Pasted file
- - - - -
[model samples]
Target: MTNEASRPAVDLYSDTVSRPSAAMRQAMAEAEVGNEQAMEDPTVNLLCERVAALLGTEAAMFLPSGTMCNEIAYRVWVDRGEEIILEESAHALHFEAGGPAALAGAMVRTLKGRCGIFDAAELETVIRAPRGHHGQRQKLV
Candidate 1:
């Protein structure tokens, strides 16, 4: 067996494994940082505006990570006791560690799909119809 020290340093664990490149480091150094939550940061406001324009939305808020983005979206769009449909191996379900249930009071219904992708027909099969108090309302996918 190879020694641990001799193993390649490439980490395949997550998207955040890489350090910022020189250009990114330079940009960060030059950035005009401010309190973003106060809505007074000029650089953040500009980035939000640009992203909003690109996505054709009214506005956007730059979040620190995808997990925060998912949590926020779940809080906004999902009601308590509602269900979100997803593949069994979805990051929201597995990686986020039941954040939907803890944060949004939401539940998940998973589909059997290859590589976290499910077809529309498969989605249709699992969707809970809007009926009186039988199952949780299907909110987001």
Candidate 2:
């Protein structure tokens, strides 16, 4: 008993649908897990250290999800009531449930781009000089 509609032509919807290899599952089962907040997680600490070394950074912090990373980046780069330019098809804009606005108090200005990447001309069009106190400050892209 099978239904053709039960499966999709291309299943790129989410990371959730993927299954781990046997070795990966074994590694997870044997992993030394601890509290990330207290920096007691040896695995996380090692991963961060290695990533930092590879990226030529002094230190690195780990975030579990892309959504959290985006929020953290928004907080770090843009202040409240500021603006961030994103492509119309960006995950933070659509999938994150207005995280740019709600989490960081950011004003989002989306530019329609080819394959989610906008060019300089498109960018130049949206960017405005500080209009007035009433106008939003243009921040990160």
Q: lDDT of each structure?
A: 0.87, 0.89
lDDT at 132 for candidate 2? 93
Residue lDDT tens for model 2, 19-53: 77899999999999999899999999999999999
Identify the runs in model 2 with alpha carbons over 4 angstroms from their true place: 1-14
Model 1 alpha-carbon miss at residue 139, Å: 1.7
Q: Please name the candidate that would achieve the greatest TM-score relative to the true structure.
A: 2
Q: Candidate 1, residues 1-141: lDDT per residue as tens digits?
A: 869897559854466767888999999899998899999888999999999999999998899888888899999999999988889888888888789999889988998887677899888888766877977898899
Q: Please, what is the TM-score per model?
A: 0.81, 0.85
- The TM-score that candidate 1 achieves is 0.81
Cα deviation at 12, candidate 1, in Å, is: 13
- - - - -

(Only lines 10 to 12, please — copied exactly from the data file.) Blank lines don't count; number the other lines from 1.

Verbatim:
Residue lDDT tens for model 2, 19-53: 77899999999999999899999999999999999
Identify the runs in model 2 with alpha carbons over 4 angstroms from their true place: 1-14
Model 1 alpha-carbon miss at residue 139, Å: 1.7